An Isometric exercise or isometrics are a type of strength training in which the joint angle and muscle length do not change during contraction (compared to concentric or eccentriccontractions, called dynamic/isotonic movements). Isometrics are done in static positions, rather than being dynamic through a range of motion.We learn these basic concepts during our college days.

Eccentrics versus Isometrics :

According to cook et all, even as eccentric exercising is the mainstay of maximum rehabilitation programs for tendinopathies, a few patient experienced them very painful to complete and hard to carry out full program.there is no effect of eccentric training in patella tendinopathy patient.

Conversely,model et all demonstrate study on pressure pain threshold.they said that the effect of isometric contraction on pressure pain thresholds (PPTs) yields promising effects. when asymptomatic volunteers held a quadriceps isometric contraction at 21% MVIC till exhaustion (maximum of five-minute length), patient demonstrated a extensive increase in PPT at the begin of contraction. PPT persisted to growth until the middle of the contraction period and stayed accelerated for as much as five mins post-intervention.

Reduced Perceived Pain:

In a similar study, PPTs have been determined after 14 healthful women finished 2 sets of submaximal (40-50% MVIC) isometric exercise consisting of compacting a dynamometer for 2 minutes with their dominant hand.This trial established a nice contralateral and ipsilateral hypoalgesic effect with expanded PPTs and a discount in self-perceived ache score for both arms following isometric exercising. while this affords an excellent basis of guide, it does now not provide information concerning isometric workout’s impact on people with a painful circumstance.

What the research said…,,,

a randomized cross-over study performed to investigate the hypoalgesic impact of a single bout of isometric contractions on individuals with patellar tendinopathy. Those in the intervention group performed 5 sets of 45 second isometric quadriceps contractions (70% MVIC) with a 2 minute rest break between each set. Those in the control group performed 4 sets of 8 repetitions (100% 8-repition maximum) of an isotonic leg extension exercise with a 4 second eccentric phase and 3 second concentric phase.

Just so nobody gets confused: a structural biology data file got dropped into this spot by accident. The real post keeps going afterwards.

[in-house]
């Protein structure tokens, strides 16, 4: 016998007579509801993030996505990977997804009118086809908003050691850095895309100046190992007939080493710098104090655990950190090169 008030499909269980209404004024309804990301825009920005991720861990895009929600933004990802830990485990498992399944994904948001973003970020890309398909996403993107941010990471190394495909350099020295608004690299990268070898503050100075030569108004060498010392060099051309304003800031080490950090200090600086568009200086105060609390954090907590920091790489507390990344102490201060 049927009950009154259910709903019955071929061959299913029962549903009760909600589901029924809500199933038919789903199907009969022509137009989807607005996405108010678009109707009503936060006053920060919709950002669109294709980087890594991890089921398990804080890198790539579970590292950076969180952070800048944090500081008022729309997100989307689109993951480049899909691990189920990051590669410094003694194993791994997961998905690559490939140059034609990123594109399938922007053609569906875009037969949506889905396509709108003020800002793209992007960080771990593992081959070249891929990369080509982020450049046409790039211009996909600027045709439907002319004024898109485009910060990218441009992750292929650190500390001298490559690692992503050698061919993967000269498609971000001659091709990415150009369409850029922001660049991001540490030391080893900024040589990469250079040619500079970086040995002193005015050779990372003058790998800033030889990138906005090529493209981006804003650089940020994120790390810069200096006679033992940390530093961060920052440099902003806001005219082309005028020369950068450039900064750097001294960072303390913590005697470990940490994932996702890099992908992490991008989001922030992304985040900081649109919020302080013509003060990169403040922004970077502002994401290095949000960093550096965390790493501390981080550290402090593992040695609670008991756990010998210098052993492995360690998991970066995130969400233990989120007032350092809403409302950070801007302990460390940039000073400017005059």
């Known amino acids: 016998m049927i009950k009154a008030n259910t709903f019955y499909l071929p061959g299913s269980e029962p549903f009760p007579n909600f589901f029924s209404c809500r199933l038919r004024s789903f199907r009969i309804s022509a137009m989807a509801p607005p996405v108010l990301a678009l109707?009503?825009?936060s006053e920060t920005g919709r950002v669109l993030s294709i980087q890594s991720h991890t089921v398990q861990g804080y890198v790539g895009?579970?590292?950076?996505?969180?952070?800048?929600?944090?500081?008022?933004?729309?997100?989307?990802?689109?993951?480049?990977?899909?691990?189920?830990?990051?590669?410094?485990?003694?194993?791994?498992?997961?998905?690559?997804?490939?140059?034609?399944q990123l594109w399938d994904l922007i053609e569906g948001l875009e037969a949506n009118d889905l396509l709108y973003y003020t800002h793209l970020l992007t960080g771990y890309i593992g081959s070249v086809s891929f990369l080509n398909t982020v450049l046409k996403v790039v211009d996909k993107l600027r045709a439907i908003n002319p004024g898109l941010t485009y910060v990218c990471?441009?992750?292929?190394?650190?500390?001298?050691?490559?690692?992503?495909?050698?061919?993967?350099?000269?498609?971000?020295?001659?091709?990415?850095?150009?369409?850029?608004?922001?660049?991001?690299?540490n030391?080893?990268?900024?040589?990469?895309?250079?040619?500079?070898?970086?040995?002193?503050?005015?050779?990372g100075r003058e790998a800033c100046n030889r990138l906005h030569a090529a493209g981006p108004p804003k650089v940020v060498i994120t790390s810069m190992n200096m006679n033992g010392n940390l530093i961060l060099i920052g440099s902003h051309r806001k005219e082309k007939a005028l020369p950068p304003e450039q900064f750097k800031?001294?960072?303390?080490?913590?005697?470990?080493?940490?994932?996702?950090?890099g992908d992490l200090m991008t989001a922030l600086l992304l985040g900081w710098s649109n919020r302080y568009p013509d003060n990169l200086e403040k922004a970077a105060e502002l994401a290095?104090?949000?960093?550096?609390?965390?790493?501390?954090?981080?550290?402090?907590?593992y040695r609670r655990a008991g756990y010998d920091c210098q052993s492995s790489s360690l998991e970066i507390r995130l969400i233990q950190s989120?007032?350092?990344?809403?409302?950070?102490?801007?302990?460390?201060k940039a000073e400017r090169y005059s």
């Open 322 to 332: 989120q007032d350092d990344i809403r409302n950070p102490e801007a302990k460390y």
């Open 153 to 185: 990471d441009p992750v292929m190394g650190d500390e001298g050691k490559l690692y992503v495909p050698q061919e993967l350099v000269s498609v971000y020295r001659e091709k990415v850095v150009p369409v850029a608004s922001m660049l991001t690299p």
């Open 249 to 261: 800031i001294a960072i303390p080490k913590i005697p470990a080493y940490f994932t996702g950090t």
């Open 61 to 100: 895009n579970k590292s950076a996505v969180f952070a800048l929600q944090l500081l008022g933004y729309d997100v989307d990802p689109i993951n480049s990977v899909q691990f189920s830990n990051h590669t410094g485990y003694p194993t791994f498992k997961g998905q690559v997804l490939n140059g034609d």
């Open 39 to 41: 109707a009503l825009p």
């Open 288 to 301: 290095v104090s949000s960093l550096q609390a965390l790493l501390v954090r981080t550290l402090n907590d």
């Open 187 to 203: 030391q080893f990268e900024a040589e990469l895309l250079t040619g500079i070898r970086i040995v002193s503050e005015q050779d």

the conclusion of the study, isometric contractions reduced pain during single-leg decline squat.Also, cortical inhibition increased from 27.5% to 54.9%, which may factor into the underlying mechanism of this hypoalgesia.The reduction in pain was paralleled by a reduction in cortical inhibition, providing insight into potential mechanisms. Isometric contractions can be completed without pain for people with PT.

Further supporting the previous article , Rio and colleagues done another clinical study in depth of this area. They used a within-session randomized controlled trial to compare isometric leg extension at 60 degrees of knee flexion to isotonic leg extension in volleyball or basketball players with patellar tendinopathy. At the conclusion of the study, those randomized to the isometric knee extension group demonstrated significantly greater immediate analgesia throughout the 4 weeks trial.

Now let’s back to the basic :

When hypoalgesic effects are far more impactful then most of us recognize. However, we are not sure why isometrics are efficacious in these tendinopathies but they give us an intervention that is successful.

when it comes to clinical practice we have to do is go back to the basics!

Evidence based Exercises:

From the research we recommends the following isometric exercises for Patellar Tendinopathy:

  • Supine Quad Set on Towel Roll,
  • Seated Quad Set
  • Prone Terminal Knee Extension.

Take home message: 

Perhaps the most widely considered mechanism is that the activation of the endogenous opioid system during exercise reduces pain perception following exercise.

Exercise of sufficient intensity and duration results in the release of peripheral and central beta-endorphins which have been associated with changes in pain sensitivity


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  • Rio E, Kidgell D, Moseley GL, et al. Tendon neuroplastic training: changing the way we think about tendon rehabilitation: a narrative review. British Journal of Sports Medicine. September 2015:bjsports–2015–095215–9. doi:10.1136/bjsports-2015-095215.
  • Rio E, van Ark M, Docking S, Moseley GL, Dawson K, Gaida J, van den Akker-Scheek I, Zwerver J, Cook J. Isometric Contractions Are More Analgesic Than Isotonic Contractions for Patellar Tendon Pain: An In-Season Randomized Clinical Trial. Clinical Journal of Sport Medicine. 2016.
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